A mess of pottage

by Henry Farrell on April 16, 2005

A very interesting article about the Heritage Foundation, Malaysia, and and sums of money flowing to the Foundation president’s wife in the Washington Post, which I hope to write more about tomorrow or on Monday (there are some interesting and complicated issues that I want to think about a bit more). In the meantime, I want to point out this fascinating little paragraph about the Index of Economic Freedom (previously discussed here and here).

Gerald P. O’Driscoll Jr., former editor of the annual Index of Economic Freedom, published by Heritage and the Wall Street Journal, said that in 2002 Feulner [the president of Heritage] pressed him to give Malaysia a better ranking. When the staff objected, Feulner backed off on changing the ranking, Driscoll said, but changed the text to make it more positive.

Heritage said Driscoll’s account “is incorrect. . . . If Dr. Feulner had any concerns about the Malaysia score, his name would not be on the book.”

As you prefer, you can read this as a testament to the honesty of the Index’s staff, or as damning evidence of Heritage’s intention to cook the books. Either way, it’s a rather interesting datum on the politics behind the Index (and how the text of the Index report is shaped by the political and/or financial interests of its backers).

The expected utility of voting

by John Q on April 16, 2005

In the comments thread to Chris’ post on tactical voting, Michael Otsuka very sensibly suggests

I believe there’s an extensive, sophisticated social science literature on the expected utility of voting in elections which has made some progress beyond the speculations posted above. Could anyone who’s up-to-speed post a reference to an accessible summary to save us the trouble of trying to reinvent the wheel?

This brings me to one of those papers I’ve been meaning to write for years (I wrote a several drafts of a joint paper with Geoff Brennan, but we never quite converged), and which has finally (2005!) been written by someone else. The idea was to prove an assertion I’ve made quite a few times in academic papers, and here at CT, that, as long as voters have ‘social’ rather than ‘egoistic’ preferences, the expected utility of voting is independent of the size of the electorate, and potentially large enough to justify high levels of participation. You can read this paper by Edlin, Gelman and Kaplan (PDF file). There’s an excellent appendix on why the probability of a decisive vote is of order 1/n.

There’s still the question of why people vote when one side or the other is bound to win. EGK have a go at this, and in my paper[1] on the subject, I say

This approach, in which b [the social benefit of the preferred party winning] is a simple step- function, may be replaced by a more sophisticated one in which b depends not only on the party elected, but on the size of its majority. This would be consistent with the fact that there is a substantial, though normally reduced, turnouts in elections which are perceived as foregone conclusions.)

That’s not a complete solution, and I think it’s also important to consider that voting per se is considered as a social duty or as yielding social benefits, but I think it’s at least as important as expressive motives.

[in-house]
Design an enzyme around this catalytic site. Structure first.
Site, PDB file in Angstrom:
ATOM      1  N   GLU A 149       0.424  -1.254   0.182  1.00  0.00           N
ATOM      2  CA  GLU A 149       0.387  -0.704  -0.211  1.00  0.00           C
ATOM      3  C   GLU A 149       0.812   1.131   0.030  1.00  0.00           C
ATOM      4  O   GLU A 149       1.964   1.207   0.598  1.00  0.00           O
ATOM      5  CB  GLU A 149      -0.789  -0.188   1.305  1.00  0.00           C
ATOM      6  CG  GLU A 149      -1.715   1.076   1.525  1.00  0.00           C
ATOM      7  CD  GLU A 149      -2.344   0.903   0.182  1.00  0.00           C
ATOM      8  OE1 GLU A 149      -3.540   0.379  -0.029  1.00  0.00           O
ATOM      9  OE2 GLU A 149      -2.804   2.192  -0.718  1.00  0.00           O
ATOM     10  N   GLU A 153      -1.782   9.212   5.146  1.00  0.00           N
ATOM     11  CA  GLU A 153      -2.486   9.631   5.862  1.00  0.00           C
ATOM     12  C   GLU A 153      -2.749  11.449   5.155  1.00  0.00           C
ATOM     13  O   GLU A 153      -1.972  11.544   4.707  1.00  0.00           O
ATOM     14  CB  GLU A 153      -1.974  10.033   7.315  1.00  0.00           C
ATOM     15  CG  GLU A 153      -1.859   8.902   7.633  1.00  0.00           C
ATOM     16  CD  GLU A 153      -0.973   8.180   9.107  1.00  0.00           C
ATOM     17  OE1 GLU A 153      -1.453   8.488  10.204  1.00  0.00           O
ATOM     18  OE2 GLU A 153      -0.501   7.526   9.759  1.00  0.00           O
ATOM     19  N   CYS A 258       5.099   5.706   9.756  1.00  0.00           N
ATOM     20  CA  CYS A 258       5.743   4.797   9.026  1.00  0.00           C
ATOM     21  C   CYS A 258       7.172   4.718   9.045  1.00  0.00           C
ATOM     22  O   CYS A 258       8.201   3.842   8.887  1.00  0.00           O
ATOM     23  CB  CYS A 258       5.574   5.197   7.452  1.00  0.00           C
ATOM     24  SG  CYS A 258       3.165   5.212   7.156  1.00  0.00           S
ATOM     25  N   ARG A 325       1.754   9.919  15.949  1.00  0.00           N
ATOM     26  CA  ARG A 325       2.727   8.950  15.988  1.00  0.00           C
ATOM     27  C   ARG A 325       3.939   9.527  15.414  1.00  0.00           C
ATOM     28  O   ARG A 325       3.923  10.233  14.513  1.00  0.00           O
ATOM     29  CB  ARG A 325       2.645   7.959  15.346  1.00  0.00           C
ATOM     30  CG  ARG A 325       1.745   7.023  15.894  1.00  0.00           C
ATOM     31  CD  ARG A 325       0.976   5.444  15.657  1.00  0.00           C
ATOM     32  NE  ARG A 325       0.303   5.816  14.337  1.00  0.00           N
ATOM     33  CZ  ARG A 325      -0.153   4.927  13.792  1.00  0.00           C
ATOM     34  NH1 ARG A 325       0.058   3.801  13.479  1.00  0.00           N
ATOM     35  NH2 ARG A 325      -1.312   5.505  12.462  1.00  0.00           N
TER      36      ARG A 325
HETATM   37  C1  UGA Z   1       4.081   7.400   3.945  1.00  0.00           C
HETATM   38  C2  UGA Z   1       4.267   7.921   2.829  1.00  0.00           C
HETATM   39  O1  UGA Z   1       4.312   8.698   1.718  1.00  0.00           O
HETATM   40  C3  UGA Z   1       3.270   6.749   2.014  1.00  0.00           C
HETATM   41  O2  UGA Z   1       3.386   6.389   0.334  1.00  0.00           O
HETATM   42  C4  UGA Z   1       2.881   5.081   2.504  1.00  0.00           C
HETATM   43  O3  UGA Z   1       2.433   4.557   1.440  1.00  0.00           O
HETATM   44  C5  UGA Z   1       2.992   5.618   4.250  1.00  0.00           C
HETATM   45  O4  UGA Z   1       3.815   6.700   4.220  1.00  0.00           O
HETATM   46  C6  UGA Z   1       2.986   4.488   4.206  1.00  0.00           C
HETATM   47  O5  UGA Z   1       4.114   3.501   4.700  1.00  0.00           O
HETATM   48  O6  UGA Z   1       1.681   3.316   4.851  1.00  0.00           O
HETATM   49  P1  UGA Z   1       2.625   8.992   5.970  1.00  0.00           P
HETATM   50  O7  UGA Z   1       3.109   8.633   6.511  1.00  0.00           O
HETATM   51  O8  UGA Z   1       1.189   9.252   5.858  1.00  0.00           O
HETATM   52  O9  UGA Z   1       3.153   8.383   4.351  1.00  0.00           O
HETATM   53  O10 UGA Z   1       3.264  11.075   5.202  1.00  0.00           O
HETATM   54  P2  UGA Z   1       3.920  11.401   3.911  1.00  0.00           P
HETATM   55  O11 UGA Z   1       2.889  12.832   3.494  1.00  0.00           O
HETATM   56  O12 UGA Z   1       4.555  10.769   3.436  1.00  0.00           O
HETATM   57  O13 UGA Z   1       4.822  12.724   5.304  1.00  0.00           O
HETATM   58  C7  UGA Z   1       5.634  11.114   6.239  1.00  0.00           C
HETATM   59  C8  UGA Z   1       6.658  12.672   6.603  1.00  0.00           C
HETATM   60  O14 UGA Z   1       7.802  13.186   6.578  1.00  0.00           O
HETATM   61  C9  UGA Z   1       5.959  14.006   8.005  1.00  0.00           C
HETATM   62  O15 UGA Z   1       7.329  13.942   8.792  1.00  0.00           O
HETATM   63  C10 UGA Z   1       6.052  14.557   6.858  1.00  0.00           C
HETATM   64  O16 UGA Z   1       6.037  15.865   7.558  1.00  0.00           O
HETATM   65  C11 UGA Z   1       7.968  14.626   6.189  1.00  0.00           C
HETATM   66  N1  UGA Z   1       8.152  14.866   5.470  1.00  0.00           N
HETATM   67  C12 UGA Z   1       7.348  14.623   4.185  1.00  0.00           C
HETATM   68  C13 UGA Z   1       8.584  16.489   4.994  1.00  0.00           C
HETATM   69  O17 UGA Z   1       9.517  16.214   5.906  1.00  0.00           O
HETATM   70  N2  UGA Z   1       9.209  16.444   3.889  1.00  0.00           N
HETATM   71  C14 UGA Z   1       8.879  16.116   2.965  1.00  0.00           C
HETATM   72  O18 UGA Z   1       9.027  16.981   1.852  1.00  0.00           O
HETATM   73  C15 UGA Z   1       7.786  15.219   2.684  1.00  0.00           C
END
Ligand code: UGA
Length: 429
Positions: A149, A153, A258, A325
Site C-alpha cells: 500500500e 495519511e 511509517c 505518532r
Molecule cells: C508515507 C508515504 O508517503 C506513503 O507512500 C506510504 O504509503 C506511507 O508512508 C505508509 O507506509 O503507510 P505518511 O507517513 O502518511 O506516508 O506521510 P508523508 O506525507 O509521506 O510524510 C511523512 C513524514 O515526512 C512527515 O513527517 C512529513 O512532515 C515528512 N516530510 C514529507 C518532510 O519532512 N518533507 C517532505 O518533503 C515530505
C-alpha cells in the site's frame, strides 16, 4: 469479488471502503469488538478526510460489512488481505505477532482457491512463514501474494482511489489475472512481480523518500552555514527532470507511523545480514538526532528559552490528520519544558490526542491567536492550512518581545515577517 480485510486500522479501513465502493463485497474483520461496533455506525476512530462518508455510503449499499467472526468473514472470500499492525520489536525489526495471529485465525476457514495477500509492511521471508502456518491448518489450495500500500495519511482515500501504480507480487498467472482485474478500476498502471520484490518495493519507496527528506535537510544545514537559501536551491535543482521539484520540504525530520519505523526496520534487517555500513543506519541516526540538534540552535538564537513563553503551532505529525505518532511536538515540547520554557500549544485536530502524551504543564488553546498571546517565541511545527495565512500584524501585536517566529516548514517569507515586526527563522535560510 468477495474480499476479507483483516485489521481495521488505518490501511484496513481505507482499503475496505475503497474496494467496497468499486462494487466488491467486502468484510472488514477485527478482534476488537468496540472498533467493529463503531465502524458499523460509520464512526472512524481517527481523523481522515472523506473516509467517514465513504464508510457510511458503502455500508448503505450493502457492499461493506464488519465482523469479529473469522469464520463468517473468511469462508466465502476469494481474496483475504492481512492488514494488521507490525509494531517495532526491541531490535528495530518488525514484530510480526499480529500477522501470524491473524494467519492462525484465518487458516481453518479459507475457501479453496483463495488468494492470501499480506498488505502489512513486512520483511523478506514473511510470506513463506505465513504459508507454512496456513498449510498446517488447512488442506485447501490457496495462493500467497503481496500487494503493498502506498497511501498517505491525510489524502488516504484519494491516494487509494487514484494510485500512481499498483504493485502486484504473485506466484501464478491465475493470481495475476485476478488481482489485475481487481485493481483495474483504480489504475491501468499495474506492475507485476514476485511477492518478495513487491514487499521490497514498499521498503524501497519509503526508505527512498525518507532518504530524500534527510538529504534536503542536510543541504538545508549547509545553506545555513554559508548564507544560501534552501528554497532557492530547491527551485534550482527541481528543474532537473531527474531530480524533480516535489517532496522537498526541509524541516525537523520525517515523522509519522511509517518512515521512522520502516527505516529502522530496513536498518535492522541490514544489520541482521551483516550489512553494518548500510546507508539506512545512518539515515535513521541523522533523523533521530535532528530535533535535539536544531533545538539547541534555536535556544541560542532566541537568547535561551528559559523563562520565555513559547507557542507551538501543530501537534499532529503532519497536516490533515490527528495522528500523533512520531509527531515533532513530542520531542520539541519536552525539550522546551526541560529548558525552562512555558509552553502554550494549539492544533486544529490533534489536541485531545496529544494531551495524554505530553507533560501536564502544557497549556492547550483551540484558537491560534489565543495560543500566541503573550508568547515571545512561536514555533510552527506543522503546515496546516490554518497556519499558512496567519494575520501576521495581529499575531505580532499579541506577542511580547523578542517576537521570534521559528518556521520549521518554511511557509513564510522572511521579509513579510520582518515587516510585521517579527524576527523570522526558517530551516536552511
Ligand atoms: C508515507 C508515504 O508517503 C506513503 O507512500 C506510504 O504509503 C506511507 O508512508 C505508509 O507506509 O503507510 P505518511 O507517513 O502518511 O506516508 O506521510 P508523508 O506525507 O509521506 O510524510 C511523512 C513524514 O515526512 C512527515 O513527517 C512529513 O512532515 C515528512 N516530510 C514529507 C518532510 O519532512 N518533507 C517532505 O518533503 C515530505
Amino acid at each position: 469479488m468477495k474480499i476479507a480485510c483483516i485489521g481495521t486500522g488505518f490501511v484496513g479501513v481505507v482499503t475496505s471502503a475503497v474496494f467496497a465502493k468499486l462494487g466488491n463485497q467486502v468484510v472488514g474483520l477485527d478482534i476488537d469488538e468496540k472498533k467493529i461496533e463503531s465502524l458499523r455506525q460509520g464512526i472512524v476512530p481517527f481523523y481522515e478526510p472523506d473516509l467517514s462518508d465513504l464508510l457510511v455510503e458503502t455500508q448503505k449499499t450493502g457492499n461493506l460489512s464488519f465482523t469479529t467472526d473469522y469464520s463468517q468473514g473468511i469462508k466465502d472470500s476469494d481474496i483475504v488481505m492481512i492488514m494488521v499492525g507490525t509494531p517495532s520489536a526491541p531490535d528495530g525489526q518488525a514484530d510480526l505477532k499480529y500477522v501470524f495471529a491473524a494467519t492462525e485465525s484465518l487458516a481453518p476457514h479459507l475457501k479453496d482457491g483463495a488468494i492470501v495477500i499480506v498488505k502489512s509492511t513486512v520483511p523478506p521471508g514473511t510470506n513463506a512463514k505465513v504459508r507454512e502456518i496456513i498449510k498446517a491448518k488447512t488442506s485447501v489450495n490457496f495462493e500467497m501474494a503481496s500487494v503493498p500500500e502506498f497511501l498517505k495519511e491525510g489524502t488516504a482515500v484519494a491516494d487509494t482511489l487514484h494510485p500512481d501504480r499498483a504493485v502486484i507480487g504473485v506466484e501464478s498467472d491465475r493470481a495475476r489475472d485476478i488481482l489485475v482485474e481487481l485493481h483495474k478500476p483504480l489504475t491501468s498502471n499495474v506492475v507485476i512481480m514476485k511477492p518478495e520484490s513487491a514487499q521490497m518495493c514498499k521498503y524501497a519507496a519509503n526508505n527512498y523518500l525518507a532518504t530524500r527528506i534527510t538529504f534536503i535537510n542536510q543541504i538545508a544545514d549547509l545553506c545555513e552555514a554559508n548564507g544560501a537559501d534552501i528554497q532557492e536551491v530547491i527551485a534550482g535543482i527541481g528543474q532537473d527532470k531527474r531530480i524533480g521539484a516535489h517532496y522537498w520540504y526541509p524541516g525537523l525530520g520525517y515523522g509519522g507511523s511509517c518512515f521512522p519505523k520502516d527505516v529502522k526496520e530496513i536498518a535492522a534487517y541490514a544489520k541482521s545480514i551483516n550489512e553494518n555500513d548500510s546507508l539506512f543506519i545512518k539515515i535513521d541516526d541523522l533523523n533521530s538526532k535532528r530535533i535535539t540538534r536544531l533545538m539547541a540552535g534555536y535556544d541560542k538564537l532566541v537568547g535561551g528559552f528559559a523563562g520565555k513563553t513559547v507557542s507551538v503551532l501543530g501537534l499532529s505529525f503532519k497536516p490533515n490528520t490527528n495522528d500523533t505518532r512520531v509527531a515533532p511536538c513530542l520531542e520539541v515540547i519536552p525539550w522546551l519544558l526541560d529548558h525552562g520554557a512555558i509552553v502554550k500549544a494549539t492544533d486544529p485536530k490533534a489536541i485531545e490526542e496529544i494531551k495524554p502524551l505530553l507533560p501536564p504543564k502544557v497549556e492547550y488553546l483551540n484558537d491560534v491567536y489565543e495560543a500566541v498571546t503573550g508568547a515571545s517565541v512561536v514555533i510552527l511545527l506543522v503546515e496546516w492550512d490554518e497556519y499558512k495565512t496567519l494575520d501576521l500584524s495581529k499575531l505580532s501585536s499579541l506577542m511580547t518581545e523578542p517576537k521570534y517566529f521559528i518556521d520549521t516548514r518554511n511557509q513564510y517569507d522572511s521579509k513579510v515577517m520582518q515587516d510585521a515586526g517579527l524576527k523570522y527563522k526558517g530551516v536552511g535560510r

fn1. Quiggin, J. (1987), Egoistic rationality and public choice: a critical review of theory and evidence’, Economic Record 63(180), 10–21.

My good opinion, once lost

by John Q on April 16, 2005

At Larvatus Prodeo, and at Catallaxy, they’re debating the question of whether you can dismiss an author based on ‘a brief skimming’, which I’ll take, along with some participants in the discussion, to mean five minutes of reading.

My answer to this question, which arises pretty regularly in blog debates is “Absolutely”. At skimming or fast reading speed, five minutes gives you 5000 words, which is more than enough to conclude that a writer is guilty of gross logical or factual errors, pretentious or illiterate prose, repetition of tired and long-refuted arguments, or simple inanity. The idea, commonly put forward in defence of various indefensible types, that you can’t criticise someone unless you have read every word they have ever written is simple nonsense. It’s true that there are people who produce the odd pearl among an output more generally fit for swine. But in such cases, it’s up to their defenders to point out the gems: the volume of words is so great, and the average quality so low, that a demand to read everything is simply impossible.

I should concede that, on one or two occasions, I’ve got into trouble through misreading someone in the first five minutes (or even less), after which pride and prejudice has done the rest. But in general, five minutes is enough to form a well-founded negative judgement.

Brad DeLong has a great post on the puzzle of low US interest rates (made more puzzling by the sharp decline over the past week or two). It seems obvious that this can’t last, but entirely unclear when it will come to an end. The reasons he and I (and more relevantly George Soros and Warren Buffett) aren’t betting on, and therefore accelerating, the end are argued pretty well, I think.

I’ll add my own contribution to the discussion over the fold. The focus is on Australia, but most of the arguments are equally applicable to the US. It’s a comparison of views of the economy based on flows of goods and services and those based on asset prices. On the former (traditional) view, the signs of impending disaster are everywhere. On the latter view, it’s sunny skies as far as the eye can see.
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